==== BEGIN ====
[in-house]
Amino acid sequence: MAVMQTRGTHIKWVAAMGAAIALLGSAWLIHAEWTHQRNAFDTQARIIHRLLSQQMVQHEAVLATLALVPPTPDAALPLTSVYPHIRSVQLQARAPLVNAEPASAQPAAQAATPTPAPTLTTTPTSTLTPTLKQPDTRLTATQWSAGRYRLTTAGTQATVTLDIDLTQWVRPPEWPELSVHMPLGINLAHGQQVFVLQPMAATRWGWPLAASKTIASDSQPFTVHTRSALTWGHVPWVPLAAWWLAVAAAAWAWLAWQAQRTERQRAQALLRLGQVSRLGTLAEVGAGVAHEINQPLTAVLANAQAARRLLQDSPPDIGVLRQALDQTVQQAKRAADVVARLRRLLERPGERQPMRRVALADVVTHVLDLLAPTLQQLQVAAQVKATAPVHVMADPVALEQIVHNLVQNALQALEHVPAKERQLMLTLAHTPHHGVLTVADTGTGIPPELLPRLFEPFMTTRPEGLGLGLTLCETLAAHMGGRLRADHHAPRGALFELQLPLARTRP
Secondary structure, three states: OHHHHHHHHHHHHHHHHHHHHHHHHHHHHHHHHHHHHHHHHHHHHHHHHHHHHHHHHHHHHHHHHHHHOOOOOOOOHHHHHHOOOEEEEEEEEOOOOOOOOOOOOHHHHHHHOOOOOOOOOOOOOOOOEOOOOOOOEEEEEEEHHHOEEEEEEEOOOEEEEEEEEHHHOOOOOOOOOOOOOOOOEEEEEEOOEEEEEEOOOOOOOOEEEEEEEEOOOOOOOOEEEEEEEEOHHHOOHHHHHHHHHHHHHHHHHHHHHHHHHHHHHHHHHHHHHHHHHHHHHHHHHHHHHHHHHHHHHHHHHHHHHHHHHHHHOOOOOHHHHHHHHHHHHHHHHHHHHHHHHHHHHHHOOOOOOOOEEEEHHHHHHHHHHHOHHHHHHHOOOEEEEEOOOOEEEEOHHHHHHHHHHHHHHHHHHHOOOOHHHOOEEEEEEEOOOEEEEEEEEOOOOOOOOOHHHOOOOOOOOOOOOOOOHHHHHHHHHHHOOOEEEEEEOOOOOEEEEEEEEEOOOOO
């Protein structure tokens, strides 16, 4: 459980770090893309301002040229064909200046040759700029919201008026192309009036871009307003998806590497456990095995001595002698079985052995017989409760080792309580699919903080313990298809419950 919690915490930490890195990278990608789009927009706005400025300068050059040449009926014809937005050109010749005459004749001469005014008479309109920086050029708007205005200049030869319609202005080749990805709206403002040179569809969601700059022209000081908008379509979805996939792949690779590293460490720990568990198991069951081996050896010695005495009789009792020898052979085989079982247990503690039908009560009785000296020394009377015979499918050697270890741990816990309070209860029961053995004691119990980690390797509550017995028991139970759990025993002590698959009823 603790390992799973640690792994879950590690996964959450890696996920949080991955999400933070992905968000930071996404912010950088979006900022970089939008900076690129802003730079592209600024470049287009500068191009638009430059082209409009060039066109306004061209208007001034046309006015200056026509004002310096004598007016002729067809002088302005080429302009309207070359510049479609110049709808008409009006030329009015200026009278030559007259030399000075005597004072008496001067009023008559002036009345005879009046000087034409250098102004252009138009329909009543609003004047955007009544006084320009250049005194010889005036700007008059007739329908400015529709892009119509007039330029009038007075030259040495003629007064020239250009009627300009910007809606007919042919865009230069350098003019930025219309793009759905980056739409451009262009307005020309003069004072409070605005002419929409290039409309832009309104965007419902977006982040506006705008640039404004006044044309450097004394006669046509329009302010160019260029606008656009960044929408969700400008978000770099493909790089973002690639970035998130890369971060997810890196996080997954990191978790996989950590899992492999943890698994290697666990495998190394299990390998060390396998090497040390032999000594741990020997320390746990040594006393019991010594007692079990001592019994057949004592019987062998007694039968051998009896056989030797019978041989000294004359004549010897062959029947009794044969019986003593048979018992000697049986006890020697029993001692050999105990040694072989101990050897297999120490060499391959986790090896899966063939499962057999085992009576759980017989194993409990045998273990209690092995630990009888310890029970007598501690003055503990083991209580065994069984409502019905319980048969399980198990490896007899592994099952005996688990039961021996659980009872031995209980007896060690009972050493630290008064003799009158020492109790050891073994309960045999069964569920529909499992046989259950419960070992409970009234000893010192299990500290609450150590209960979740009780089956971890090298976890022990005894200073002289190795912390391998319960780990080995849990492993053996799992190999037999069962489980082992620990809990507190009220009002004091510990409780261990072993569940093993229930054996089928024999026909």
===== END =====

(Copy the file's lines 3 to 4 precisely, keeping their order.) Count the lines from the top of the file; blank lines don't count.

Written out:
Secondary structure, three states: OHHHHHHHHHHHHHHHHHHHHHHHHHHHHHHHHHHHHHHHHHHHHHHHHHHHHHHHHHHHHHHHHHHHOOOOOOOOHHHHHHOOOEEEEEEEEOOOOOOOOOOOOHHHHHHHOOOOOOOOOOOOOOOOEOOOOOOOEEEEEEEHHHOEEEEEEEOOOEEEEEEEEHHHOOOOOOOOOOOOOOOOEEEEEEOOEEEEEEOOOOOOOOEEEEEEEEOOOOOOOOEEEEEEEEOHHHOOHHHHHHHHHHHHHHHHHHHHHHHHHHHHHHHHHHHHHHHHHHHHHHHHHHHHHHHHHHHHHHHHHHHHHHHHHHHHOOOOOHHHHHHHHHHHHHHHHHHHHHHHHHHHHHHOOOOOOOOEEEEHHHHHHHHHHHOHHHHHHHOOOEEEEEOOOOEEEEOHHHHHHHHHHHHHHHHHHHOOOOHHHOOEEEEEEEOOOEEEEEEEEOOOOOOOOOHHHOOOOOOOOOOOOOOOHHHHHHHHHHHOOOEEEEEEOOOOOEEEEEEEEEOOOOO
């Protein structure tokens, strides 16, 4: 459980770090893309301002040229064909200046040759700029919201008026192309009036871009307003998806590497456990095995001595002698079985052995017989409760080792309580699919903080313990298809419950 919690915490930490890195990278990608789009927009706005400025300068050059040449009926014809937005050109010749005459004749001469005014008479309109920086050029708007205005200049030869319609202005080749990805709206403002040179569809969601700059022209000081908008379509979805996939792949690779590293460490720990568990198991069951081996050896010695005495009789009792020898052979085989079982247990503690039908009560009785000296020394009377015979499918050697270890741990816990309070209860029961053995004691119990980690390797509550017995028991139970759990025993002590698959009823 603790390992799973640690792994879950590690996964959450890696996920949080991955999400933070992905968000930071996404912010950088979006900022970089939008900076690129802003730079592209600024470049287009500068191009638009430059082209409009060039066109306004061209208007001034046309006015200056026509004002310096004598007016002729067809002088302005080429302009309207070359510049479609110049709808008409009006030329009015200026009278030559007259030399000075005597004072008496001067009023008559002036009345005879009046000087034409250098102004252009138009329909009543609003004047955007009544006084320009250049005194010889005036700007008059007739329908400015529709892009119509007039330029009038007075030259040495003629007064020239250009009627300009910007809606007919042919865009230069350098003019930025219309793009759905980056739409451009262009307005020309003069004072409070605005002419929409290039409309832009309104965007419902977006982040506006705008640039404004006044044309450097004394006669046509329009302010160019260029606008656009960044929408969700400008978000770099493909790089973002690639970035998130890369971060997810890196996080997954990191978790996989950590899992492999943890698994290697666990495998190394299990390998060390396998090497040390032999000594741990020997320390746990040594006393019991010594007692079990001592019994057949004592019987062998007694039968051998009896056989030797019978041989000294004359004549010897062959029947009794044969019986003593048979018992000697049986006890020697029993001692050999105990040694072989101990050897297999120490060499391959986790090896899966063939499962057999085992009576759980017989194993409990045998273990209690092995630990009888310890029970007598501690003055503990083991209580065994069984409502019905319980048969399980198990490896007899592994099952005996688990039961021996659980009872031995209980007896060690009972050493630290008064003799009158020492109790050891073994309960045999069964569920529909499992046989259950419960070992409970009234000893010192299990500290609450150590209960979740009780089956971890090298976890022990005894200073002289190795912390391998319960780990080995849990492993053996799992190999037999069962489980082992620990809990507190009220009002004091510990409780261990072993569940093993229930054996089928024999026909």